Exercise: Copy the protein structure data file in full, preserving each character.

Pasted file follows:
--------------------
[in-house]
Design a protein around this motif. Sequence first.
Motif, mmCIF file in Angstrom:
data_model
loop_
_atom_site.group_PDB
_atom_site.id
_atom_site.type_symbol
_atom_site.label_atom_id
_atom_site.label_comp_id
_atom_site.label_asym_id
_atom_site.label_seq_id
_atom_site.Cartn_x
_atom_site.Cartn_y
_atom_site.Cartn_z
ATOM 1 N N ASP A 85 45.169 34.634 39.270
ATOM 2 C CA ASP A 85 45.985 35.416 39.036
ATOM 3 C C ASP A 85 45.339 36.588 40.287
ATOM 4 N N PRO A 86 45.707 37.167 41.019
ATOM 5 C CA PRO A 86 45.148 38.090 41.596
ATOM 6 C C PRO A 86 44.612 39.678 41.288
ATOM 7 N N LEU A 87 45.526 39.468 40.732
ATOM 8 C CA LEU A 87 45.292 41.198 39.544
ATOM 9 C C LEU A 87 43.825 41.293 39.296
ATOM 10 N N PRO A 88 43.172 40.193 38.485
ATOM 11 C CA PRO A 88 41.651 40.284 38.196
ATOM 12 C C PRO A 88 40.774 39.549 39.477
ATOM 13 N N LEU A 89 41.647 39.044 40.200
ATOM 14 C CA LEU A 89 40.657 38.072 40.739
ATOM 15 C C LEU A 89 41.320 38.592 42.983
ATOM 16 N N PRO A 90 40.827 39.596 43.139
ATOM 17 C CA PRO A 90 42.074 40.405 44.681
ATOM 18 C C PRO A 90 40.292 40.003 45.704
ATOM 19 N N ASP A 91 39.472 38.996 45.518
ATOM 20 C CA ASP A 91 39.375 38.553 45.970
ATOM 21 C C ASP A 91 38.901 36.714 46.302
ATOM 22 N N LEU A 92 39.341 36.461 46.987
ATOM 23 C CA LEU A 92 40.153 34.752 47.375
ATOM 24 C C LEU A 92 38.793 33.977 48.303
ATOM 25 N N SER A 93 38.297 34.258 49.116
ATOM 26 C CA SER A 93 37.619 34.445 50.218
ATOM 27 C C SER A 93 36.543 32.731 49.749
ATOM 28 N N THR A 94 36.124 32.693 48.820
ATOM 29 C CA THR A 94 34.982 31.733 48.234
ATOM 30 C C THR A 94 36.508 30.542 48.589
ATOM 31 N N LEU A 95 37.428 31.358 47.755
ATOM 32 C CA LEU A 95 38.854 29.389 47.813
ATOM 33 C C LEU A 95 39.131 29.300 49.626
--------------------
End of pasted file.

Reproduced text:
[in-house]
Design a protein around this motif. Sequence first.
Motif, mmCIF file in Angstrom:
data_model
loop_
_atom_site.group_PDB
_atom_site.id
_atom_site.type_symbol
_atom_site.label_atom_id
_atom_site.label_comp_id
_atom_site.label_asym_id
_atom_site.label_seq_id
_atom_site.Cartn_x
_atom_site.Cartn_y
_atom_site.Cartn_z
ATOM 1 N N ASP A 85 45.169 34.634 39.270
ATOM 2 C CA ASP A 85 45.985 35.416 39.036
ATOM 3 C C ASP A 85 45.339 36.588 40.287
ATOM 4 N N PRO A 86 45.707 37.167 41.019
ATOM 5 C CA PRO A 86 45.148 38.090 41.596
ATOM 6 C C PRO A 86 44.612 39.678 41.288
ATOM 7 N N LEU A 87 45.526 39.468 40.732
ATOM 8 C CA LEU A 87 45.292 41.198 39.544
ATOM 9 C C LEU A 87 43.825 41.293 39.296
ATOM 10 N N PRO A 88 43.172 40.193 38.485
ATOM 11 C CA PRO A 88 41.651 40.284 38.196
ATOM 12 C C PRO A 88 40.774 39.549 39.477
ATOM 13 N N LEU A 89 41.647 39.044 40.200
ATOM 14 C CA LEU A 89 40.657 38.072 40.739
ATOM 15 C C LEU A 89 41.320 38.592 42.983
ATOM 16 N N PRO A 90 40.827 39.596 43.139
ATOM 17 C CA PRO A 90 42.074 40.405 44.681
ATOM 18 C C PRO A 90 40.292 40.003 45.704
ATOM 19 N N ASP A 91 39.472 38.996 45.518
ATOM 20 C CA ASP A 91 39.375 38.553 45.970
ATOM 21 C C ASP A 91 38.901 36.714 46.302
ATOM 22 N N LEU A 92 39.341 36.461 46.987
ATOM 23 C CA LEU A 92 40.153 34.752 47.375
ATOM 24 C C LEU A 92 38.793 33.977 48.303
ATOM 25 N N SER A 93 38.297 34.258 49.116
ATOM 26 C CA SER A 93 37.619 34.445 50.218
ATOM 27 C C SER A 93 36.543 32.731 49.749
ATOM 28 N N THR A 94 36.124 32.693 48.820
ATOM 29 C CA THR A 94 34.982 31.733 48.234
ATOM 30 C C THR A 94 36.508 30.542 48.589
ATOM 31 N N LEU A 95 37.428 31.358 47.755
ATOM 32 C CA LEU A 95 38.854 29.389 47.813
ATOM 33 C C LEU A 95 39.131 29.300 49.626